Beautifully confusing. Every time I would read this book I would just fall asleep. It honestly was that tiring for my mind to keep up with the imagery. Eventually I started to walk while I read. While I couldn't walk in a straight line to save my life - I started to see the pictures and understand the meanings of the extremely well-detailed places. I even bought another copy so I could mark notes in the margins of one, but still be able to go back and read with an unadulterated mind the next time.
josh.oconner on LibraryThing More than 1 year ago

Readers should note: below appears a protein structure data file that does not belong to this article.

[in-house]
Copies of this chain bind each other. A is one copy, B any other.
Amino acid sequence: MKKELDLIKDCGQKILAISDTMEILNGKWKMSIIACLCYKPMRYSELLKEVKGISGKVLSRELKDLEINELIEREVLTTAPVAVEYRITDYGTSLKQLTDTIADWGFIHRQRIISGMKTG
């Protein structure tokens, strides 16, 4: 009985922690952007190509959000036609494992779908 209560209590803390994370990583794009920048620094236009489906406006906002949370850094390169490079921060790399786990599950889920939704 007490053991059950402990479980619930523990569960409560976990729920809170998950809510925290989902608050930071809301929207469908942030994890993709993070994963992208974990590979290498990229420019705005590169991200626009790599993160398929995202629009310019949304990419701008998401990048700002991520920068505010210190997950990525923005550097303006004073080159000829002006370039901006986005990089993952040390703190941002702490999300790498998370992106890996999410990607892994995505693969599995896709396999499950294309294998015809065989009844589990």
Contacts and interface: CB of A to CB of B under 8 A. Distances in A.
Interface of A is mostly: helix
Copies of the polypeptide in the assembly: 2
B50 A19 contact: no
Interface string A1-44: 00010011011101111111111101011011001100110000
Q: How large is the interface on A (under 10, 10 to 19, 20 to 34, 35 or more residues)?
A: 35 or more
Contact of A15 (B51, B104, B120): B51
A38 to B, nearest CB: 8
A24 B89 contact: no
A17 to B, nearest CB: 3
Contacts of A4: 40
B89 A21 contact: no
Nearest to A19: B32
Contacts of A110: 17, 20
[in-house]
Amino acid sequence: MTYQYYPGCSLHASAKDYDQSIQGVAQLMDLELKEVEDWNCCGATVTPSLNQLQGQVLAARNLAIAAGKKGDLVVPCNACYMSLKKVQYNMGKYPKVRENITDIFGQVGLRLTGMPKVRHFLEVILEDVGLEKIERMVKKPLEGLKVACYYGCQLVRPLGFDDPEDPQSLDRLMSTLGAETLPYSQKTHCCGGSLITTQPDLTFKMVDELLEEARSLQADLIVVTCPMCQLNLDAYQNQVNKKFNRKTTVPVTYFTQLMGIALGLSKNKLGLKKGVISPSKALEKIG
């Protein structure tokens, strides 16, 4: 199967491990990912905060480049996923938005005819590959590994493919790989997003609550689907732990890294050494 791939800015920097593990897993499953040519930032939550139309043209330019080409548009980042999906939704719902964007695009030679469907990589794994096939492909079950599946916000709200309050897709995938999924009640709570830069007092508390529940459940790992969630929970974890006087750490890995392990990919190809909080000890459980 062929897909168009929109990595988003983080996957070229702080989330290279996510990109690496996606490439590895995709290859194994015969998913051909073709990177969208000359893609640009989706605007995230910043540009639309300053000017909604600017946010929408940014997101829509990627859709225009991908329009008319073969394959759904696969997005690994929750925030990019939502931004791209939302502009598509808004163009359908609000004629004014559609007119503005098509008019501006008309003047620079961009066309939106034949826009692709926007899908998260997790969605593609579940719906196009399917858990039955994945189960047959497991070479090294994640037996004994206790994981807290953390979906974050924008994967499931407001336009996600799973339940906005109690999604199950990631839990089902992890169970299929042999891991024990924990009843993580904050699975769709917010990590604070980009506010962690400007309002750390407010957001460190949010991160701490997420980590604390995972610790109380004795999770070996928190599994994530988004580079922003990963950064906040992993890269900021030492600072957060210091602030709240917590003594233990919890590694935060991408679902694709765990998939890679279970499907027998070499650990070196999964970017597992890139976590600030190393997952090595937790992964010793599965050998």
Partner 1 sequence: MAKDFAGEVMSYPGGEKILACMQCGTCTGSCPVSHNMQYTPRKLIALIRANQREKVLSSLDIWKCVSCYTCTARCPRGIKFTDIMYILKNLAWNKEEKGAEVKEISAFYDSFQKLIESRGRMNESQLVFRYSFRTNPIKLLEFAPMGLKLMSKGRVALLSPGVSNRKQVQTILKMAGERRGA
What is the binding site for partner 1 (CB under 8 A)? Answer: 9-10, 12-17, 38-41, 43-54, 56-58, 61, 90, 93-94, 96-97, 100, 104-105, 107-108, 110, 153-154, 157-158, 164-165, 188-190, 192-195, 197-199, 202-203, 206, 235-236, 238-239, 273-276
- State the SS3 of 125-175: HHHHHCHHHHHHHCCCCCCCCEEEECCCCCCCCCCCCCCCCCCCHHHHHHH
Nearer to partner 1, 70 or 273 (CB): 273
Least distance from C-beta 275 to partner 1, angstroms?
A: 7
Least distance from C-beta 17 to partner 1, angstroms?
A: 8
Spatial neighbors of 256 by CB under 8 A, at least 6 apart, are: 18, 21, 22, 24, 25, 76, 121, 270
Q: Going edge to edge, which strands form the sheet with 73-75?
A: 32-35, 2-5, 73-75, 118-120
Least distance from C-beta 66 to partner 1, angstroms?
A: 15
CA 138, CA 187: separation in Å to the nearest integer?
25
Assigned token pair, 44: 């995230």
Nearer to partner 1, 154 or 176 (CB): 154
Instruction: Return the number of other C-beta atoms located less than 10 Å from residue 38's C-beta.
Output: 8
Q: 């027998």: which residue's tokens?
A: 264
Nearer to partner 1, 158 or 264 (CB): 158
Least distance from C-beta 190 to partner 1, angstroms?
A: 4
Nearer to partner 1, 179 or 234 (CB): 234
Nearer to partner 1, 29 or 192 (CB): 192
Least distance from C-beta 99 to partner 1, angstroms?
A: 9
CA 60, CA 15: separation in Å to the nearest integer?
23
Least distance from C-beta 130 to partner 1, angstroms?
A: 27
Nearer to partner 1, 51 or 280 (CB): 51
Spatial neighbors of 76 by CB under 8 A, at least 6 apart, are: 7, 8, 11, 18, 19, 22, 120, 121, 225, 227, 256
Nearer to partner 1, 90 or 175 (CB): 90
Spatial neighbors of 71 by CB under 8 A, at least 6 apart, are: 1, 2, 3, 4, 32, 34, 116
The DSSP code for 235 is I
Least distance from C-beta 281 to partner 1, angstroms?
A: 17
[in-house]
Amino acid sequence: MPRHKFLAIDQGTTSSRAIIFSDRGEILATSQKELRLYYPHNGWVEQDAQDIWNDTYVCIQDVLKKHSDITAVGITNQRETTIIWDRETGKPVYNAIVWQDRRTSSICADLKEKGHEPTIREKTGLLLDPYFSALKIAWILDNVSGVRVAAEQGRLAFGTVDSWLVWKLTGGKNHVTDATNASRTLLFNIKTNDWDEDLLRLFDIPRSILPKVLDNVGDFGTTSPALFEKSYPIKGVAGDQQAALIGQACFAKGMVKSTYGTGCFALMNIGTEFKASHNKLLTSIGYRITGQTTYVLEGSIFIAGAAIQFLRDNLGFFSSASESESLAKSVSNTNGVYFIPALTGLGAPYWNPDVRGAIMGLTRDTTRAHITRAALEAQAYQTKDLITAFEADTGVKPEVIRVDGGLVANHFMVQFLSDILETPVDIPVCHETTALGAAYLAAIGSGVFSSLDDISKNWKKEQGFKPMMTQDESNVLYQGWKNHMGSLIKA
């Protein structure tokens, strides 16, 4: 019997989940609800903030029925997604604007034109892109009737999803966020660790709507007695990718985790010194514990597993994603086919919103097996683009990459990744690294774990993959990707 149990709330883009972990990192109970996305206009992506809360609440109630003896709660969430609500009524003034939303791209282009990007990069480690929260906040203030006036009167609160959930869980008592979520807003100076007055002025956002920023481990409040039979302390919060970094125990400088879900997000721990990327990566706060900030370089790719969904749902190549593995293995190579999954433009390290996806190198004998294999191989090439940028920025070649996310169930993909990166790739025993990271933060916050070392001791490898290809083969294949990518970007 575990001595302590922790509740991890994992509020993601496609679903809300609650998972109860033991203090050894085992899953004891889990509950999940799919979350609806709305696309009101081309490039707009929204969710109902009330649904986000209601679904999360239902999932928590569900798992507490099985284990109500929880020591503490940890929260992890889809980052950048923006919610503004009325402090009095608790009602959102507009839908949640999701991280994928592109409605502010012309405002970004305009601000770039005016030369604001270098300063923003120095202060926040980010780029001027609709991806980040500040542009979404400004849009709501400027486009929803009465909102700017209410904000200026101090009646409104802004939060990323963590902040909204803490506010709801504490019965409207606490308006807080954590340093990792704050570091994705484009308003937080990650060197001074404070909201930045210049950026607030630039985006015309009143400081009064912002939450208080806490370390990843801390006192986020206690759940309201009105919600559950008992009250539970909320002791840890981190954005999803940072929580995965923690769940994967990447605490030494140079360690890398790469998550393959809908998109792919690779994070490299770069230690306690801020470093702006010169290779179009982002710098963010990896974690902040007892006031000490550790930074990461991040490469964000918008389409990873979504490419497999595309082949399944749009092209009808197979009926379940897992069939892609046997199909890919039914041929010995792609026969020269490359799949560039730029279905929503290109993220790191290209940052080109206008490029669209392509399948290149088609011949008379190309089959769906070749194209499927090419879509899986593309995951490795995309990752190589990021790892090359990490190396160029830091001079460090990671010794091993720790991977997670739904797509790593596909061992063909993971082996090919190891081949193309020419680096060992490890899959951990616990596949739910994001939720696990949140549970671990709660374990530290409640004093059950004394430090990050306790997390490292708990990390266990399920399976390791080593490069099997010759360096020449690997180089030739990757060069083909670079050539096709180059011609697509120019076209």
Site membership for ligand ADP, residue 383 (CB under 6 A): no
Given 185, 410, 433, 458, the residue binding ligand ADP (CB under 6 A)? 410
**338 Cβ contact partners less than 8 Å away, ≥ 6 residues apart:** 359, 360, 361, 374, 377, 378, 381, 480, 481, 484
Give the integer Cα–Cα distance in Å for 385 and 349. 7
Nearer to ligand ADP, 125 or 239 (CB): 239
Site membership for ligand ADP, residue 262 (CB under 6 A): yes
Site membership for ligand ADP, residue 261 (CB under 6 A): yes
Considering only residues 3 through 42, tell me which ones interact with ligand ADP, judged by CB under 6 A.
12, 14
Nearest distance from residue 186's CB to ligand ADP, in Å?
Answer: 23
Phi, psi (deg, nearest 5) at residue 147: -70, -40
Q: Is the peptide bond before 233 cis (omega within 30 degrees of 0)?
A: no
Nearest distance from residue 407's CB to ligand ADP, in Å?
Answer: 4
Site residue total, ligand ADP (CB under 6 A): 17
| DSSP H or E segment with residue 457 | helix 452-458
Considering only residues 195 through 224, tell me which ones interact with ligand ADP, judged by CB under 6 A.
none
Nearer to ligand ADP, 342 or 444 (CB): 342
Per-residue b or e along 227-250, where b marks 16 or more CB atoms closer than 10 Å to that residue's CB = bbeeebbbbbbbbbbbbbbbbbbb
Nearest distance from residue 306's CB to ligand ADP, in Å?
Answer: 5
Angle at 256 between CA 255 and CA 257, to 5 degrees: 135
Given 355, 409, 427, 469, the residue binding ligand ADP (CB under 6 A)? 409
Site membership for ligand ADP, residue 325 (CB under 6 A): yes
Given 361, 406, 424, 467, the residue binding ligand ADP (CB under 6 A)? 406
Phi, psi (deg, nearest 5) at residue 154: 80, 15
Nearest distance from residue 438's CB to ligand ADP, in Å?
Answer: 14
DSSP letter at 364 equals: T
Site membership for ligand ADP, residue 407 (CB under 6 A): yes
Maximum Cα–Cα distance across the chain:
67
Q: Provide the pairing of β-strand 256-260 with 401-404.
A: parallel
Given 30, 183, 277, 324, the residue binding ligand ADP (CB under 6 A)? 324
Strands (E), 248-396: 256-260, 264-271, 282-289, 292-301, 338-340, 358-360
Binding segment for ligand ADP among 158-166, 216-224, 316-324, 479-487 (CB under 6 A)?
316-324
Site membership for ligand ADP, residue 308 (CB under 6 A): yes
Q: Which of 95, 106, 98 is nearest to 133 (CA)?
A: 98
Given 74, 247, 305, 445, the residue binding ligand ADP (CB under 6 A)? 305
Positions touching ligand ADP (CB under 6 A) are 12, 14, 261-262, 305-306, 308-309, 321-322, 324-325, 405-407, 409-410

Invisible Cities provides an abstract if not surreal vision into the many perspectives of the city. Set as conversation between the infamous Marco Polo and Kublai Khan Invisible Cities documents Marco Polo's vivid and imaginative descriptions of the cities that he has seen. Author Italo Calvino provides many philosophical musings regarding the nature of Marco Polo's travels and brings to question the very essence of existence and our conceptions of place. Marco Polo's descriptions of cities are remarkable. He tells of each city not only through the lens of his own personal perspective, but he goes to great lengths to describe how the residents in each place understand the city and what emotions they attach to their location. As he recalls each city Marco Polo manages a certain detachment through which he describes the movement of each city's residents as if they were ants occupying an ant hill. Calvino creates a complex mental puzzle in the conversation between Marco Polo and Kublai Khan that forces the reader to come to grips with the transient nature of physical space. As Invisible Cities progresses the reader becomes aware of the different emotions and conceptions that we all attach to cities and places and how our feelings can transform the physical manifestations of those places into an entirely different existence than what others experience. Calvino is poetic in his descriptions of splendor and ruin. Invisible Cities is worth reading for the descriptive language alone. Marco Polo's descriptions make his places come alive and create a truly immersive experience through the use of Calvino's powerful imagery.